On the last day of the 1990 fiscal year, after months of difficult bipartisan negotiations, the President and leaders of Congress reached an agreement that yielded budget savings and lasting process reforms. What led to agreement then? Why was the initial agreement defeated? What lessons does that experience hold for today?
Remarkable developments are changing America’s energy landscape. Increases in domestic shale gas and oil production, growth in renewable energy, and steady efficiency improvements in all sectors of the economy have put the country on an energy and economic path that few predicted possible.
Building upon these achievements while addressing ever-present energy security threats as well as a range of environmental challenges, will require national leadership, vision, and careful policy choices.
Leadership starts with a re-invigorated approach to developing our national energy policy – an approach that can help overcome the problems that have hampered past efforts and put us on a more inclusive, balanced, resilient and enduring path. BPC’s Energy Project explored these challenges and discussed our recommendations for improving executive branch energy policy development, implementation, and accountability.
BPC hosted a panel of polling experts and politicos to examine the first statistics on voter turnout at the polls across the country, what demographics and populations showed up to cast their ballots and how, and to what degree, those votes impacted the elections.
BPC hosted a panel of election experts as part of our 2012 Election Series, taking a closer look at congressional races. Our experts discussed the most important House and Senate races across the country and how they'll affect which party will hold the two chambers of Congress. The Democracy Project released its 2012 Redistricting report outlining the impact of the 2012 redistricting cycle on the number of competitive seats and the make-up of the House of Representatives.
The Bipartisan Policy Center partnered with the Newseum to host a conversation with three groundbreaking journalists:
PBS's Judy Woodruff and Gwen Ifill, and CNN's Candy Crowley
Woodruff and Ifill are the first all-female team to anchor a network's Republican and Democratic National Convention coverage. On October 16, Crowley moderated the presidential debate at Hofstra University, making her the first woman to moderate a presidential debate in two decades.
The journalists talked about covering presidential campaigns and offered their unique insights into the 2012 election. The program took place just one day after the final presidential debate this year and exactly two weeks before Election Day.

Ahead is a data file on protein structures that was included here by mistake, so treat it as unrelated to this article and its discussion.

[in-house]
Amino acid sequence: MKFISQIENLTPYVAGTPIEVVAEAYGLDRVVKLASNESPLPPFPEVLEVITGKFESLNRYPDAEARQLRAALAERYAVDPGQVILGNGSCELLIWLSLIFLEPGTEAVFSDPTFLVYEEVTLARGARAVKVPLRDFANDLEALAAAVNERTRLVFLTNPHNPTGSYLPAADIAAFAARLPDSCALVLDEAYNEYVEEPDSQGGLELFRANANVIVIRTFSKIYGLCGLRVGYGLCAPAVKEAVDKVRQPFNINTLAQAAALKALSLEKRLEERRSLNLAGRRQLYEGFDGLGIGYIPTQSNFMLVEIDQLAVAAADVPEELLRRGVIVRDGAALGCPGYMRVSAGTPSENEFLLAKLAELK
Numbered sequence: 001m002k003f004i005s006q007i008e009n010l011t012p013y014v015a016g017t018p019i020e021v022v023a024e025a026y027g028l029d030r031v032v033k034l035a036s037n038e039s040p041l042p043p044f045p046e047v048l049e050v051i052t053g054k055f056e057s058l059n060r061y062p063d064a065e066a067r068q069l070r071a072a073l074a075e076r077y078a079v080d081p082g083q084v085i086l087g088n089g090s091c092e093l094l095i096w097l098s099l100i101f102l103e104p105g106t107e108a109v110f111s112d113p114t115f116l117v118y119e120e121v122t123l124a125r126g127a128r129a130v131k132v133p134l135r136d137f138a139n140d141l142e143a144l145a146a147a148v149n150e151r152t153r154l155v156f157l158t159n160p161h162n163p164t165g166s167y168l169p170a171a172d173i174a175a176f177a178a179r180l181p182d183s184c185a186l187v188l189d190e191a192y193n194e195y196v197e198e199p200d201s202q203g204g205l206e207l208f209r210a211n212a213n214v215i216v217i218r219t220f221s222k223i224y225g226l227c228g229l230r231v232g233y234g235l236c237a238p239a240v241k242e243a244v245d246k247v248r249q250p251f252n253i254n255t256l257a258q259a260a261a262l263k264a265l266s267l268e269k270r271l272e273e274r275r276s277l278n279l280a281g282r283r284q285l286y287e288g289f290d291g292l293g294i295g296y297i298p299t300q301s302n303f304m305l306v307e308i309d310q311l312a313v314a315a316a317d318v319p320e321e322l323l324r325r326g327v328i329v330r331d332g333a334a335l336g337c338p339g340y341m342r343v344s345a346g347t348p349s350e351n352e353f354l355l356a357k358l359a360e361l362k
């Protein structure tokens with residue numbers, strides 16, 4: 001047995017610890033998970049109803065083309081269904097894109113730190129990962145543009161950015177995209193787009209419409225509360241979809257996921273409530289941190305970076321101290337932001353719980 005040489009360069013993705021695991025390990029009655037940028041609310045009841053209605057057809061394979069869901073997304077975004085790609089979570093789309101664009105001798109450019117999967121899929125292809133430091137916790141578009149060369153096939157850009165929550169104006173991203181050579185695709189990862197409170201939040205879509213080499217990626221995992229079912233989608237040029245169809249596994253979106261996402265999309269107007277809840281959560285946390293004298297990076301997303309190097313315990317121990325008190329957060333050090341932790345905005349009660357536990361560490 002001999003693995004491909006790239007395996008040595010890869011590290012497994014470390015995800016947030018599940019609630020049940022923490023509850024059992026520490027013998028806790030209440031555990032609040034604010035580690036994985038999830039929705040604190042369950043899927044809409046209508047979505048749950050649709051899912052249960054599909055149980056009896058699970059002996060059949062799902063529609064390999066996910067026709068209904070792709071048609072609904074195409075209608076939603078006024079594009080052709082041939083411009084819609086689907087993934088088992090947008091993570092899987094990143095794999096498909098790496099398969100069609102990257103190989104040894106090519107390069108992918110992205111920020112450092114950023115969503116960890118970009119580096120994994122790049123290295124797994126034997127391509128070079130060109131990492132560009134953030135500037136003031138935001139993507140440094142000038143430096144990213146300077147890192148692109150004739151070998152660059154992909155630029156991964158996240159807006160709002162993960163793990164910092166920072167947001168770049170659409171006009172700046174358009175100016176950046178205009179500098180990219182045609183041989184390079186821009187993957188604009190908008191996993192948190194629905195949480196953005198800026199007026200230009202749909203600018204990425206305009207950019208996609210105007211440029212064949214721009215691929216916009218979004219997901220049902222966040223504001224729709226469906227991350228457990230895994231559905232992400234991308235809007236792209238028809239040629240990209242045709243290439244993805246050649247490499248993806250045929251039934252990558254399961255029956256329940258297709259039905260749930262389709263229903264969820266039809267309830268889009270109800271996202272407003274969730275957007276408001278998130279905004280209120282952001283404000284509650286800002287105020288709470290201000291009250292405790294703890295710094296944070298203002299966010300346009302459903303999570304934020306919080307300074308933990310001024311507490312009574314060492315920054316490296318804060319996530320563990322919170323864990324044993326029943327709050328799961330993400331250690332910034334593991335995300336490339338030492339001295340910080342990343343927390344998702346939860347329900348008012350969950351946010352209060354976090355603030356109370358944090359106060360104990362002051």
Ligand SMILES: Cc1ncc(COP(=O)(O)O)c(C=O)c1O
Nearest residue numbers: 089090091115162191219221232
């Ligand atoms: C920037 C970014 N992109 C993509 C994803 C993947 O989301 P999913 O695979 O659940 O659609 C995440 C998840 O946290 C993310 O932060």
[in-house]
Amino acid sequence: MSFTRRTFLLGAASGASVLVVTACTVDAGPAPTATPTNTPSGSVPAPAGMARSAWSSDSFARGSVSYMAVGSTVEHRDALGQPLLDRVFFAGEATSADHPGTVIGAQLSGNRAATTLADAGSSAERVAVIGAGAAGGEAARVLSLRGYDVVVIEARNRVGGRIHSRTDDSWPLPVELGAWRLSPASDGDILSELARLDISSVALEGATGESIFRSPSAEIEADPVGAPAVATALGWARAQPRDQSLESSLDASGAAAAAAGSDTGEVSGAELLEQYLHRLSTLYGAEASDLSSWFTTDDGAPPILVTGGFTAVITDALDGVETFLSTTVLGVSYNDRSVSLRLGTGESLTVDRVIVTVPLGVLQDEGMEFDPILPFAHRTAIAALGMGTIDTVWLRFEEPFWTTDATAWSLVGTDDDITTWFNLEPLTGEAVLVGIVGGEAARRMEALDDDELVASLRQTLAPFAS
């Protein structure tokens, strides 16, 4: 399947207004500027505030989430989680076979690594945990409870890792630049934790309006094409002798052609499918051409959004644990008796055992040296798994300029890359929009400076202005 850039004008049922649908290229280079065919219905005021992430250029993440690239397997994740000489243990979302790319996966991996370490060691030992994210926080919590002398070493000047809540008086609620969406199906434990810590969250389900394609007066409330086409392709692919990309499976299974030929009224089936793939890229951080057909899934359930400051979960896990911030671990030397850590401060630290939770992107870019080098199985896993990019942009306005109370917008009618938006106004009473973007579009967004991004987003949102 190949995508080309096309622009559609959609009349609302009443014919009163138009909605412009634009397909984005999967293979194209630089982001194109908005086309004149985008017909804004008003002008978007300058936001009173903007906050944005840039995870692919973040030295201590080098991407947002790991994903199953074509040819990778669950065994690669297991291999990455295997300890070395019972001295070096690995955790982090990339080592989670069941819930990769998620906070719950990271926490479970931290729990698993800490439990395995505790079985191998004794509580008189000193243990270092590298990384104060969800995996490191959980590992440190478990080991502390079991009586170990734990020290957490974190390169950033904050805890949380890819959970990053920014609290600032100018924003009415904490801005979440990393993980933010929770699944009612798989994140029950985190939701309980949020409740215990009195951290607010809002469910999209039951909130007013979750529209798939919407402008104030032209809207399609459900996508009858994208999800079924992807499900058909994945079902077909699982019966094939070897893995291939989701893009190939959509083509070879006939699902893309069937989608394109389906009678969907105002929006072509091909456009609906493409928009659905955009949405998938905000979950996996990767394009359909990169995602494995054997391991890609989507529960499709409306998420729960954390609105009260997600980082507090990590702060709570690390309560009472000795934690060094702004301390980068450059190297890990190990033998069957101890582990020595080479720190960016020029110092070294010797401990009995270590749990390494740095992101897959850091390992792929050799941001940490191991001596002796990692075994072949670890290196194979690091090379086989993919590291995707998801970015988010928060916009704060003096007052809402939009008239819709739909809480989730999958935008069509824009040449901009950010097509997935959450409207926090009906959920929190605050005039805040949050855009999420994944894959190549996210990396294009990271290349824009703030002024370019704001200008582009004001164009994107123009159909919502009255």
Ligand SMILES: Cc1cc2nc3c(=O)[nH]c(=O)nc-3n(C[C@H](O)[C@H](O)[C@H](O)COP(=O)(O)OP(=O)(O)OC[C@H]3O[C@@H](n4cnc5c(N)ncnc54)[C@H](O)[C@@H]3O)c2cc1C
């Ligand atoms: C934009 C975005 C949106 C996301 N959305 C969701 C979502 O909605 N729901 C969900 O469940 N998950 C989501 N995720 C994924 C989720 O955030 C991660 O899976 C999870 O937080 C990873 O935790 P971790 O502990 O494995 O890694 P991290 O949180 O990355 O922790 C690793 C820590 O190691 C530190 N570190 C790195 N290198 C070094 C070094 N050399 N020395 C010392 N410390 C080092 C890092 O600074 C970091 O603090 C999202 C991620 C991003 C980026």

Continuing its 2012 "On Leadership" Speaker Series, the Bipartisan Policy Center welcomed Jon Huntsman, former presidential candidate, governor of Utah and ambassador to both China and Singapore. Huntsman discussed his experiences on the campaign trail, reflected on his achievements as governor and described his commitment to bipartisanship across four different administrations.
The Bipartisan Policy Center's Financial Regulatory Reform Initiative will take a fresh look at our nation's financial regulatory system. The task force is comprised of former regulators and senior policy makers from both parties who have intimate first-hand knowledge of our financial and regulatory systems. Our goal is to produce bipartisan consensus reforms to our financial regulatory system to promote long-term sustainable economic growth.
Iran's nuclear program is the most pressing national security challenge facing the United States. Making an informed judgment about which policy to pursue requires considering risks of stopping Iran's nuclear ambitions and the costs of failing to do so. Indeed, the consequences of a nuclear Iran are not limited to geopolitical risk, but carry a substantial economic risk too.
As political discussion has devolved more and more into hyperbole and vitriol over the past few years, solutions to the critical issues that face the nation - including our mounting deficits and national debt - have proven elusive. How to bring this discussion back to substantive issues, as opposed to partisan rhetoric?